Why you should smoke-test your sample code, and how to do it in Flutter

[ If you’re already convinced that you want to smoke-test your Flutter samples, you can skip to “Smoke-testing Flutter” below. What follows is a general guideline applicable to any technology. ]

When learning any new technology, sooner or later developers want to look at sample code. Not just a few lines, either. Often, they want to see a whole project and how it’s assembled.

That, by itself, means that any library, framework or SDK needs to maintain a number of sample apps. But there’s more.

Samples are most useful when they’re focused. A classic mistake is to ram everything-there-is-to-know into a single sample app. That’s easier for the author (only one app to create and maintain) but unhelpful for the newcomer. Nobody learns everything at once.

With any sufficiently-complex technology, the developer first wants to see some code sample of the basics (“hello world”), then maybe a small app (TodoMVC, HN app), and then focused samples according to their needs (networking, parallelism, animation, etc.). The idea is that they never need to try and comprehend multiple hard concepts at once.

(Yes, very complex, real-world samples are valuable. But, generally speaking, not for beginners or intermediate developers. They are great for when you already know much of the technology, so you can navigate your way around the complex sample, and identify the parts that are relevant to you at the time.)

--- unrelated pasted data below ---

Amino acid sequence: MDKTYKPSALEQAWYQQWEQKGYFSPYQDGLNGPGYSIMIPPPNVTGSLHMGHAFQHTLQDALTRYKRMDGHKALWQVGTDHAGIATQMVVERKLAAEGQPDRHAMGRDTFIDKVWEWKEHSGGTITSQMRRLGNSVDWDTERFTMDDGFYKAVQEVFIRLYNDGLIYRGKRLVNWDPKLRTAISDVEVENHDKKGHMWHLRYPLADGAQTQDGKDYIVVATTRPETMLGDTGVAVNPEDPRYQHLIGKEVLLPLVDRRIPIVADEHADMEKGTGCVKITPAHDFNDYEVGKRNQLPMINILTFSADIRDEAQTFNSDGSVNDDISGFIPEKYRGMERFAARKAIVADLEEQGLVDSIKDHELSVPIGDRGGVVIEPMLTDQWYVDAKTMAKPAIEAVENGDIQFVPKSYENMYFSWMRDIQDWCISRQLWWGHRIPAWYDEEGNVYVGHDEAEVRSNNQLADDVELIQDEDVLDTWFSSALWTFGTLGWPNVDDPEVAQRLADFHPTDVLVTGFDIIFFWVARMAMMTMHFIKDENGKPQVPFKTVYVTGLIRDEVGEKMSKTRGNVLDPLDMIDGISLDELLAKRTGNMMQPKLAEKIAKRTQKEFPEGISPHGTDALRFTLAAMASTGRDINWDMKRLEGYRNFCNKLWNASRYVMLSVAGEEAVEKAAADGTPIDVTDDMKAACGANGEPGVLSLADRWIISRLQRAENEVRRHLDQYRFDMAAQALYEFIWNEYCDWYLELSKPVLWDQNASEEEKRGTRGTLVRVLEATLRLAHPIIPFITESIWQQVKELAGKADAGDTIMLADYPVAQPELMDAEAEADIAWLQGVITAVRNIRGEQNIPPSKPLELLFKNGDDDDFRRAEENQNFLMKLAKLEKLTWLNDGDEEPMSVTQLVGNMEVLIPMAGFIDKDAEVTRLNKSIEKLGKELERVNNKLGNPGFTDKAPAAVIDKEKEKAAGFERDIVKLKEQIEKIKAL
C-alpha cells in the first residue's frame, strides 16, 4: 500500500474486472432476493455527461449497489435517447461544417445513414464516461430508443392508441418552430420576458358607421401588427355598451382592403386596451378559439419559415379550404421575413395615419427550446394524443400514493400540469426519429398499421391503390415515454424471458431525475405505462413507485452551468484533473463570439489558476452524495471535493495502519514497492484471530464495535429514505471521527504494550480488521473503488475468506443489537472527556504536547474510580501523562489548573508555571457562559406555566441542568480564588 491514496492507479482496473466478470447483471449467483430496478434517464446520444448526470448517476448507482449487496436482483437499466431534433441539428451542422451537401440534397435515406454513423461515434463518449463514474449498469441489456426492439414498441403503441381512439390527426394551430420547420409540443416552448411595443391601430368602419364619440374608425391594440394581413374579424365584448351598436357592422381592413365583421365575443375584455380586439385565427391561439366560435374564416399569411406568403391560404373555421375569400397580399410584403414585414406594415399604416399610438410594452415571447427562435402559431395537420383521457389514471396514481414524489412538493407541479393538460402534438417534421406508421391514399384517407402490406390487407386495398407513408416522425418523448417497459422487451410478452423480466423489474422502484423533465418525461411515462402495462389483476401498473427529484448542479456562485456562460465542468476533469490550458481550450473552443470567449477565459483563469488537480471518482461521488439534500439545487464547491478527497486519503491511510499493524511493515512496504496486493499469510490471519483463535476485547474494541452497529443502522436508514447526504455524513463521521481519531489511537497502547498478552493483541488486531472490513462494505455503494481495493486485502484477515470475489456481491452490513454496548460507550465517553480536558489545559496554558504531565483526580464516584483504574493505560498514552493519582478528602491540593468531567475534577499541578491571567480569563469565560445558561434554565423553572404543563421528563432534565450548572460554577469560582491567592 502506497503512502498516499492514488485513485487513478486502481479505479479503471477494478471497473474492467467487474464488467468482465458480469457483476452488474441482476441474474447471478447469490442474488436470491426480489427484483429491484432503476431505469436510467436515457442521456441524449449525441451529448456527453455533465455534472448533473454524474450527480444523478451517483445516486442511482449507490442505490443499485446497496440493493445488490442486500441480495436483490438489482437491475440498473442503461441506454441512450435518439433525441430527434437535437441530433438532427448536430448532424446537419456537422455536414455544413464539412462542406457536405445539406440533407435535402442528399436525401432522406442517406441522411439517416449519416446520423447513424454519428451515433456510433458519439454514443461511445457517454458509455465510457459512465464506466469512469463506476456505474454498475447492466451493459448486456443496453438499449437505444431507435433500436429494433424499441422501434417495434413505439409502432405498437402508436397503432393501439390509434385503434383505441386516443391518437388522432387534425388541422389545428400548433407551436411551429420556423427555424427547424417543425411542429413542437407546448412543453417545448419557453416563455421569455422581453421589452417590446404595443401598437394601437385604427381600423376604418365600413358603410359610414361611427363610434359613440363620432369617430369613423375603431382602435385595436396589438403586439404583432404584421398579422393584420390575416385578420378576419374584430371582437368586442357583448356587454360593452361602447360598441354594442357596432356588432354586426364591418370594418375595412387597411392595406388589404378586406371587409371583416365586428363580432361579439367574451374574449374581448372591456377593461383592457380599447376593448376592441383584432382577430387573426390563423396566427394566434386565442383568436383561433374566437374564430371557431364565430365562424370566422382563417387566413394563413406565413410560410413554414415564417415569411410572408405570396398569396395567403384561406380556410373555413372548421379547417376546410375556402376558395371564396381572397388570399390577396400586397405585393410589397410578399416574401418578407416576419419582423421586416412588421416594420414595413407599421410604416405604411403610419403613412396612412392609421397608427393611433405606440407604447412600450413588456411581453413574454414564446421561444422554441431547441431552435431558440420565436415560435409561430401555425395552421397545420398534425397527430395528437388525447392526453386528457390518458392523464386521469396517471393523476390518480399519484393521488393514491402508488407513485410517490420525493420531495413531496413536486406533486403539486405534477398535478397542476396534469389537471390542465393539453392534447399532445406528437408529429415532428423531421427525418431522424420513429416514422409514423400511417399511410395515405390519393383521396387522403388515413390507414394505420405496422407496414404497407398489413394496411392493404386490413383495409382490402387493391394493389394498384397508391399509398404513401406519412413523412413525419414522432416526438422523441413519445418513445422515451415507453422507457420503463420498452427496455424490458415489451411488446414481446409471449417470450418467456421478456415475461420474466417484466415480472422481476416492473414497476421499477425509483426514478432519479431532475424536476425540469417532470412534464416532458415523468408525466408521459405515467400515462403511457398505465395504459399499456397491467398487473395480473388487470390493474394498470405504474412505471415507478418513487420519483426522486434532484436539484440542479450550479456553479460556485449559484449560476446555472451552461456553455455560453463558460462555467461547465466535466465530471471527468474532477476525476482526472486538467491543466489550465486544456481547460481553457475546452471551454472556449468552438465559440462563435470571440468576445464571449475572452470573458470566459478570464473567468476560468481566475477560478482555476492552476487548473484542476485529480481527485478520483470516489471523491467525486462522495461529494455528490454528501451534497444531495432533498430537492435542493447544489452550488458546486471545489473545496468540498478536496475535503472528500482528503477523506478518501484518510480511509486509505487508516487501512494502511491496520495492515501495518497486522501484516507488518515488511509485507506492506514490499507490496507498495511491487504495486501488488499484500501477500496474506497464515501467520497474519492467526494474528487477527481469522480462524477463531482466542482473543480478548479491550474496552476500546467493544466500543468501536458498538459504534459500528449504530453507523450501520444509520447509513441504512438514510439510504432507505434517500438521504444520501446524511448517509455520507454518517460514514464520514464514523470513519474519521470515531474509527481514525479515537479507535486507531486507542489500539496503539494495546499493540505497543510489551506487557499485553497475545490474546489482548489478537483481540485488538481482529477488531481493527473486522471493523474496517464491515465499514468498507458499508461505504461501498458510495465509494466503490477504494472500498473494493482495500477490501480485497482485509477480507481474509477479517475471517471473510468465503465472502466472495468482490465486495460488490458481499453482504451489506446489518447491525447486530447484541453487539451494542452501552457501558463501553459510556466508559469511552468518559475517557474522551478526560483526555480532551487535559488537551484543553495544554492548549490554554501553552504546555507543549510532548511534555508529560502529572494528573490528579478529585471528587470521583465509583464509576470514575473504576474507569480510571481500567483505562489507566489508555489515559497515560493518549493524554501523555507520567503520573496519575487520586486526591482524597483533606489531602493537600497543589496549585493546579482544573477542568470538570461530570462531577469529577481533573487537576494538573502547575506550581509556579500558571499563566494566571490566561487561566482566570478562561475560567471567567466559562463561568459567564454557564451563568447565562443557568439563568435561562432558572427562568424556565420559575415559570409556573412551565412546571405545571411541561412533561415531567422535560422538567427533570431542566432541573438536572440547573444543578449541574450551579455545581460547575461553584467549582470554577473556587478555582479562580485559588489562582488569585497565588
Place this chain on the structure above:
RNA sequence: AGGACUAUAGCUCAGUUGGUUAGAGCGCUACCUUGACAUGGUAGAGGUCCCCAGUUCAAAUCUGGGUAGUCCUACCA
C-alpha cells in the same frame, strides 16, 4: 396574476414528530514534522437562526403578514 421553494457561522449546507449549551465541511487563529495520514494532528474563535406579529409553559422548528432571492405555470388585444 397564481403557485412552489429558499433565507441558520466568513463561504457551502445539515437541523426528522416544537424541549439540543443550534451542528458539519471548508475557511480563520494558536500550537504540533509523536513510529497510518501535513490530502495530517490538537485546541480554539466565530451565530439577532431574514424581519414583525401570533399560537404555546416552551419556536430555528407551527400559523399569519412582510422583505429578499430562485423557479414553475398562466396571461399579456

For the author of the samples, that means a lot of self-contained little apps. Which in turn means many code repositories. And any of these can (and will) get out of date, sooner or later.

You don’t want sample code to go out of date. For a developer, there are few things more frustrating than getting excited about a new technology, trying to run a sample app, and seeing it fail.

So, to summarize:

  • A good sample coverage calls for a lot of independent sample apps. For the sake of argument, let’s say we have 100 independent sample apps.
  • Every single sample app needs to be kept maintained. If there is any major breakage coming down the line, we should know about this as soon as possible.

What to do? Here are some options:

Do nothing

Errors in samples get caught by the community sooner or later, but by the time you get to know about them, they will have done damage. This does not only lead to frustration of the people who find the breakage, but it will most likely be widely reported sooner or later, leading to damaged reputation of your project.

You will be shocked (shocked!) to learn that this is by far the most widely used option for sample repos.

Test manually

Some poor soul is tasked to manually check the 100 samples every time there’s a new version of the underlying technology.

Many teams do this, and you can probably imagine how that goes, or at least how that keeps the pressure on having significantly less than 100 samples.

Perform static analysis in Continuous Integration (CI)